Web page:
A solicitor has been fined £2,000 by the Scottish Solicitors' Discipline Tribunal for professional misconduct by allowing the client he was defending on sexual offence charges to see detailed witness statements from the child complainers, and a defence medical report containing sensitive information, in breach of the practice rules and undertakings given to the Crown.
Glasgow solicitor Leon Kondol, of McBride Kondol & Co, admitted the charge of misconduct, which occurred between 2015 and 2016 when he was acting for a man accused of serious sexual offences against children including his grandchildren. The accused was remanded in custody.
While visiting the accused in custody Mr Kondol allowed the accused to retain copies of the statements by the various complainers, provided to the Crown, with certain details of the witnesses redacted but not their names. The accused made notes on the statements and wrote detailed letters to Mr Kondol replying to the allegations made. The matter came to light when the accused made a complaint to the Scottish Legal Complaints Commission following his conviction.
It was accepted that Mr Kondol had breached the Solicitors' Practice Rules (B1.2. B1.4 and B1.14), and also the Code of Conduct for Criminal Work (articles 11 and 12), as well as the undertakings given to the Crown. The tribunal noted that the code was a statement of good practice rather than a practice rule, but said that the risks of disclosure of sensitive material to an accused person were obvious. Circulation could lead to witness intimidation, and it could be used as a commodity within prison as a form of pornography. It did not matter that it was information already largely known to the accused.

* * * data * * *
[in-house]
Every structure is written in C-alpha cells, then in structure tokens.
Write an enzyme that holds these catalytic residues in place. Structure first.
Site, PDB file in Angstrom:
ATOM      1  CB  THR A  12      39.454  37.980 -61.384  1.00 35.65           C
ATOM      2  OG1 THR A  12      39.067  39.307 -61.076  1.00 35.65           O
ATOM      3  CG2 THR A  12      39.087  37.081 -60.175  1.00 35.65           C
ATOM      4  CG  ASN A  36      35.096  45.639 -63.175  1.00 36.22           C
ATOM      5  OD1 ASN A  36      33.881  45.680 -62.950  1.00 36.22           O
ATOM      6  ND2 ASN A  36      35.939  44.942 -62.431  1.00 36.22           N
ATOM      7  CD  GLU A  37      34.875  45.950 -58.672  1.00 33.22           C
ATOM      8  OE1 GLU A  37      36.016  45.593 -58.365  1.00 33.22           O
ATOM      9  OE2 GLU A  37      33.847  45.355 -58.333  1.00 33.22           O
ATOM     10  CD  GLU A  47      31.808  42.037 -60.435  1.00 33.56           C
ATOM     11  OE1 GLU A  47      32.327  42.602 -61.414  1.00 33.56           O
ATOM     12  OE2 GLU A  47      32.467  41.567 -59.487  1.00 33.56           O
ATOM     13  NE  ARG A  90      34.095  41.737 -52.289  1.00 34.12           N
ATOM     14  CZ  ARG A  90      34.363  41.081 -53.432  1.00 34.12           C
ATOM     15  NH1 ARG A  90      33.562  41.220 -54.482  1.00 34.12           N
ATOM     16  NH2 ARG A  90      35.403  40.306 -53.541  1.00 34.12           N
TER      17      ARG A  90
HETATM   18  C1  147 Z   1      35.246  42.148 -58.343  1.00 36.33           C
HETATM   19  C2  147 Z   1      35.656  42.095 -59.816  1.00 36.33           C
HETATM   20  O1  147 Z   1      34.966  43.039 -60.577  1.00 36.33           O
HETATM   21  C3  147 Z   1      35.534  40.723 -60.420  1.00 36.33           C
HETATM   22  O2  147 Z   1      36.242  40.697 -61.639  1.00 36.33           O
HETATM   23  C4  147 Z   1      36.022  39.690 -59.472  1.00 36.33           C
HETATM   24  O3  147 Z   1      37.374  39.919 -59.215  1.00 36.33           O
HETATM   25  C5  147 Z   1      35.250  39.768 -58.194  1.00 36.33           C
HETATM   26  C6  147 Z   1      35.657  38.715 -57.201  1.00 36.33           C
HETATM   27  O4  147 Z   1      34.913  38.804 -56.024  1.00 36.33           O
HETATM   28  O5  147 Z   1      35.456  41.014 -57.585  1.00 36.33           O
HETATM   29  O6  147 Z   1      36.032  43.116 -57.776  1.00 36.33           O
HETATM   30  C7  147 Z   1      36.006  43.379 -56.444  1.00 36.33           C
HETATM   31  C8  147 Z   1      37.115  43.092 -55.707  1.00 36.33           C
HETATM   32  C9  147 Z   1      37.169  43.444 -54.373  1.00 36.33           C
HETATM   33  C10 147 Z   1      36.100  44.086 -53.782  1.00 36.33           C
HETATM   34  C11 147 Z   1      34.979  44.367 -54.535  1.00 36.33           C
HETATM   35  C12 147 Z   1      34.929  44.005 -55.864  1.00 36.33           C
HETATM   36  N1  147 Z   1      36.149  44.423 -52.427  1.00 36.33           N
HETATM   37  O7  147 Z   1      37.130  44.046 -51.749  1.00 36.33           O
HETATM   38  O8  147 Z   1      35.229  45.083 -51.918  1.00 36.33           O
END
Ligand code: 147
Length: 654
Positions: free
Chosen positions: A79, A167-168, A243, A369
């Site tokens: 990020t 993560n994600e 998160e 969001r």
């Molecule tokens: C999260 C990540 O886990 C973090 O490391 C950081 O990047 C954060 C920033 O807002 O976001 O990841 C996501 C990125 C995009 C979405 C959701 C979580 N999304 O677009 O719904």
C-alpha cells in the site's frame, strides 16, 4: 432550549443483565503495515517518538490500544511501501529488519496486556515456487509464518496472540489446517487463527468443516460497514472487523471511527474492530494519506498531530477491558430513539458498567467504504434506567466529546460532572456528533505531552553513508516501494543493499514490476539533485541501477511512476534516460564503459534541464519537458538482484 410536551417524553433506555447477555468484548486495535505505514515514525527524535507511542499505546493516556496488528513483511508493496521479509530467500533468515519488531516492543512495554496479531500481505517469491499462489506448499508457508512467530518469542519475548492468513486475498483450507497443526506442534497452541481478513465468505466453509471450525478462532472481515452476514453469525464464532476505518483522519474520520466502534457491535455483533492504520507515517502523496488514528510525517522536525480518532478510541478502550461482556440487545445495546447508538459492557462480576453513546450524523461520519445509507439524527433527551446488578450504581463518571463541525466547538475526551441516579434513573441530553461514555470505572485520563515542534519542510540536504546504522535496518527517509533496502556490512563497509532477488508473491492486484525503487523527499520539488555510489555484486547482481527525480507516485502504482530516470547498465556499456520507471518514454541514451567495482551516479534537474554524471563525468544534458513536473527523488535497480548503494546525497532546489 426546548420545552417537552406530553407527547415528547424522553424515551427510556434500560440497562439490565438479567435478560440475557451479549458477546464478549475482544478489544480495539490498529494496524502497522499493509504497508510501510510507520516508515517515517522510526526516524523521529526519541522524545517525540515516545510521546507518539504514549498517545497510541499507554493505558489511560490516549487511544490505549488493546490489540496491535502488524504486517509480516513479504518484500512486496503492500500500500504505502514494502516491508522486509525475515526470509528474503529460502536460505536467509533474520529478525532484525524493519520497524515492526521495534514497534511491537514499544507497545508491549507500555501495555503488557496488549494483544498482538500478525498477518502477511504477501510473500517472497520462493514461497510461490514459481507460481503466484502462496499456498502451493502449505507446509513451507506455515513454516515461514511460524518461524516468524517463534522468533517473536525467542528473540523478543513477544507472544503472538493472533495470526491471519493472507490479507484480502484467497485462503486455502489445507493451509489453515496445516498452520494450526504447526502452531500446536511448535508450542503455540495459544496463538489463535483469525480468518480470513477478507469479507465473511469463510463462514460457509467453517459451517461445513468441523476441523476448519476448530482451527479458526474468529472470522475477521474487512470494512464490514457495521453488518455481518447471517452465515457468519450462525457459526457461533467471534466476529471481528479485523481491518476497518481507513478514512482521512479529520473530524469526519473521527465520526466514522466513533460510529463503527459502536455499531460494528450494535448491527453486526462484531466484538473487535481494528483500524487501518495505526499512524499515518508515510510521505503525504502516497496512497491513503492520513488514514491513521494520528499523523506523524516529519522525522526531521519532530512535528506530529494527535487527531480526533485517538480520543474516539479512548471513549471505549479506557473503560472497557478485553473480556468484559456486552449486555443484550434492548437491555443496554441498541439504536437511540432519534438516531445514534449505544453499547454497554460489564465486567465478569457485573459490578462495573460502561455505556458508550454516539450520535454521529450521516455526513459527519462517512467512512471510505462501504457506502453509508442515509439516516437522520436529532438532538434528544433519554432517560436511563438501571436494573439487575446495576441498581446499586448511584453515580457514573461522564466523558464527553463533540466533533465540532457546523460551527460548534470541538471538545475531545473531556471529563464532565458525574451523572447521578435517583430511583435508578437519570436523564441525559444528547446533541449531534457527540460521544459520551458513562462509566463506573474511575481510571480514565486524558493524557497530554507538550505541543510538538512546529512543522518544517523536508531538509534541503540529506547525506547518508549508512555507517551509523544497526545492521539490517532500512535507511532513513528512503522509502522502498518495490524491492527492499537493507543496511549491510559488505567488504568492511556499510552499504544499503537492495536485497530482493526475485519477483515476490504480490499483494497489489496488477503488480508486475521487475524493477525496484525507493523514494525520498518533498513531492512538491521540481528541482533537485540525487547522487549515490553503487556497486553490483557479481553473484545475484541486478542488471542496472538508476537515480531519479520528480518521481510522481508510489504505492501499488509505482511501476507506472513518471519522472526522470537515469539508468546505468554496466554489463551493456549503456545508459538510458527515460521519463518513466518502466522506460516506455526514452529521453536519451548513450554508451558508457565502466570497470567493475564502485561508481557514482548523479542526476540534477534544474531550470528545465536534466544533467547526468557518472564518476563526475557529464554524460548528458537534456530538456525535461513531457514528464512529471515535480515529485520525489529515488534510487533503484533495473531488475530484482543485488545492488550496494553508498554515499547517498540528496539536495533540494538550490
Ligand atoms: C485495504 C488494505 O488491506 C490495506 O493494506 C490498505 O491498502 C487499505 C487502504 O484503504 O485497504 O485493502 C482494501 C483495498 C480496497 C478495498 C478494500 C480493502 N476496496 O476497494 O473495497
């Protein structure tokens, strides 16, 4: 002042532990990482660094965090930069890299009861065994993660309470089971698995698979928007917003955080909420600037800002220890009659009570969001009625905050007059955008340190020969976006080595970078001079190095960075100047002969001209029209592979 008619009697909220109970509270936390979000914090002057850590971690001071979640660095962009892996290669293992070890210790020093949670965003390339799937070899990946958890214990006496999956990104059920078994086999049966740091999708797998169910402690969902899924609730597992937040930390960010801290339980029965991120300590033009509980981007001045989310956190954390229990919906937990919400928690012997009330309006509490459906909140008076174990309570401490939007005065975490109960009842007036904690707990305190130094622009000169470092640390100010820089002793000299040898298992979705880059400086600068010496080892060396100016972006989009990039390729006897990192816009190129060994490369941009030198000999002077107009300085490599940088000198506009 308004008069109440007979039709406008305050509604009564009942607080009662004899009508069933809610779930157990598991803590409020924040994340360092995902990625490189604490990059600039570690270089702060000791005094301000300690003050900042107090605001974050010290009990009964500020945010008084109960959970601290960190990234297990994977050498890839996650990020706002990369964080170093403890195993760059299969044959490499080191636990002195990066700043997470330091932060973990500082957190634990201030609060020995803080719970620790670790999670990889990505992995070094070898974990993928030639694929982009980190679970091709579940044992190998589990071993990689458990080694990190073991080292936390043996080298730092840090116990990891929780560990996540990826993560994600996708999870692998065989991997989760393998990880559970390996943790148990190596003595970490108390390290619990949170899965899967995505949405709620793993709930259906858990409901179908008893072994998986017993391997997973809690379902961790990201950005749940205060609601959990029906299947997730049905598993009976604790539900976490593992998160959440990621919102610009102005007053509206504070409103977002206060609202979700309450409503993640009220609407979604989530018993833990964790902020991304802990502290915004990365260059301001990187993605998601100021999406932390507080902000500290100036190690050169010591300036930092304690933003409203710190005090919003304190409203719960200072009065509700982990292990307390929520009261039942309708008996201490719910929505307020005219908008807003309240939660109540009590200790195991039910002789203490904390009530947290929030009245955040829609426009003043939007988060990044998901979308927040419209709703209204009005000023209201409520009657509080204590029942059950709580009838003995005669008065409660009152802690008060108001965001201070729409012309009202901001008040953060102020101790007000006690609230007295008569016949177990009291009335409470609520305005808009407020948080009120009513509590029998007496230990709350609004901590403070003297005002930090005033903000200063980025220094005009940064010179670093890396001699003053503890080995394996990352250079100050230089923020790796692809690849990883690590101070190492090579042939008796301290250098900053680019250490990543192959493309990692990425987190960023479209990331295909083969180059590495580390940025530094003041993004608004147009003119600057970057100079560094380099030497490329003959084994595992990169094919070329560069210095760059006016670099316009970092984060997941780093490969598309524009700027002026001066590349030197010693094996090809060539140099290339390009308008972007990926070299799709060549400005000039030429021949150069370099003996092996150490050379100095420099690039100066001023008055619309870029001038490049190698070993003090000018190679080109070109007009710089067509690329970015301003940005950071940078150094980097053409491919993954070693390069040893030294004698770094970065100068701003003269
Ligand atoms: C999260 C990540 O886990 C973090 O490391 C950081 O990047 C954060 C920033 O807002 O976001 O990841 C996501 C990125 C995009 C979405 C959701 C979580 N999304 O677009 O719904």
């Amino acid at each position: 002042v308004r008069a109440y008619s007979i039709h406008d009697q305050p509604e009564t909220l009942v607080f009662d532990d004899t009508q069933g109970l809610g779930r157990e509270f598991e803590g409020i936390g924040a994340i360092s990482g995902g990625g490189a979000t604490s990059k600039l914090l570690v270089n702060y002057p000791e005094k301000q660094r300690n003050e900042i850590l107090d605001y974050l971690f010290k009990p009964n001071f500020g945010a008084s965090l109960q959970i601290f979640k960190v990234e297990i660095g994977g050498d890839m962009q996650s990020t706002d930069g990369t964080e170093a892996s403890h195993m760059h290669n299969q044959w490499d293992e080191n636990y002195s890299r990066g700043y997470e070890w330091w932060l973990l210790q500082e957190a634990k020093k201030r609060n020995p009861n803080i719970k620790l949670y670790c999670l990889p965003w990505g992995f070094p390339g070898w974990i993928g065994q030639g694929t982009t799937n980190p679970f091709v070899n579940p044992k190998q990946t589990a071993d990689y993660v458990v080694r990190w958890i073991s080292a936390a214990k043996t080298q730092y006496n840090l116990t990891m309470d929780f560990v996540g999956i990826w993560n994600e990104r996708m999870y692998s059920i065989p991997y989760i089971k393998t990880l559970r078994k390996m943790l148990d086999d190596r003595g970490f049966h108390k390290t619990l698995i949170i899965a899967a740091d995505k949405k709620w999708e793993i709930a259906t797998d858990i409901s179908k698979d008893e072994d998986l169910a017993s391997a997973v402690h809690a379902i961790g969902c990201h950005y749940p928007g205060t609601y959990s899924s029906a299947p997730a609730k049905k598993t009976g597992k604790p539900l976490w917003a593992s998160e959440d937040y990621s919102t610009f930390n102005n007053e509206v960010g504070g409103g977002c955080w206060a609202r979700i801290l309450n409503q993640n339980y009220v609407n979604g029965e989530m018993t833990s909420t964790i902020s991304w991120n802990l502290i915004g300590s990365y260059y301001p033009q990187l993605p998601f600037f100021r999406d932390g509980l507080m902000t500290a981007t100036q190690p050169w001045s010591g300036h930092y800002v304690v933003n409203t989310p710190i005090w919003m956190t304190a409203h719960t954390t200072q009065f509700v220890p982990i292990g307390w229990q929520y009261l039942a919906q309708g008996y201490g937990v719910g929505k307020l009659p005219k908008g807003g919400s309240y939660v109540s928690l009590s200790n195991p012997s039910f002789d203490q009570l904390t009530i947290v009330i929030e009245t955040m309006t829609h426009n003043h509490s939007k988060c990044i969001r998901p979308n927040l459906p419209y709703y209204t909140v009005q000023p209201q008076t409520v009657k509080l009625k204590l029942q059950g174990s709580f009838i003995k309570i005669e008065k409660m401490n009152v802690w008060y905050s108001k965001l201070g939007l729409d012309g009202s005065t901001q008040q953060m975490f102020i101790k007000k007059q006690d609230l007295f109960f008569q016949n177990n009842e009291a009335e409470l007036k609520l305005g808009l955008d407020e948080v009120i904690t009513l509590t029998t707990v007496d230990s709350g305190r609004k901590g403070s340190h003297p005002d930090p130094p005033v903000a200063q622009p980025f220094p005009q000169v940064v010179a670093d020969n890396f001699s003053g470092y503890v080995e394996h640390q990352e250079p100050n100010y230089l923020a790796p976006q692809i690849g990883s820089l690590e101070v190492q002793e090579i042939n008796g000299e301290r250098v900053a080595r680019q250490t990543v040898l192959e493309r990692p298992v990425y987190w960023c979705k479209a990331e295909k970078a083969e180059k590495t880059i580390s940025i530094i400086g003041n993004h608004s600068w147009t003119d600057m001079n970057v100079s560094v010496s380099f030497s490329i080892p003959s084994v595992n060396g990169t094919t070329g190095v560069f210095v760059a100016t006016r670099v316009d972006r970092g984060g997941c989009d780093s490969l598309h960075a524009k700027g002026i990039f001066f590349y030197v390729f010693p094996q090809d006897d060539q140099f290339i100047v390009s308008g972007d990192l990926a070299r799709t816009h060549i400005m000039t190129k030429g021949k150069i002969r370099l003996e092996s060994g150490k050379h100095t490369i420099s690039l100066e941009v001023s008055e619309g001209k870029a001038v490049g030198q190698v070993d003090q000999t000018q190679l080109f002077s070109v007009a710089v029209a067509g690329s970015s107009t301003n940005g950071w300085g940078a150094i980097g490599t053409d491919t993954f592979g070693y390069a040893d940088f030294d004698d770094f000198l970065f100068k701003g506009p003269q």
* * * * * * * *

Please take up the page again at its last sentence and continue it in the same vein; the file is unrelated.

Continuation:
Although it was said for Mr Kondol that the accused was a difficult client who had put him under pressure, competent and reputable solicitors had to be able to withstand those kinds of demands.
As regards the medical report, although it was not covered by the undertakings given to the Crown, the guidance attached to the code of conduct made clear that solicitors should not give copies of any documents related to the case, whether or not received from the Crown, to the client. There were exception, but material relating to sexual assaults was so sensitive that it should not come within these. The test for professional misconduct had therefore been met.
In deciding on the penalty, a censure and a fine of £2,000, the tribunal took into account that Mr Kondol, a sole practitioner, had shown remorse, cooperated with the investigation and taken training and other steps to avoid a similar situation in future, as well as positive references provided.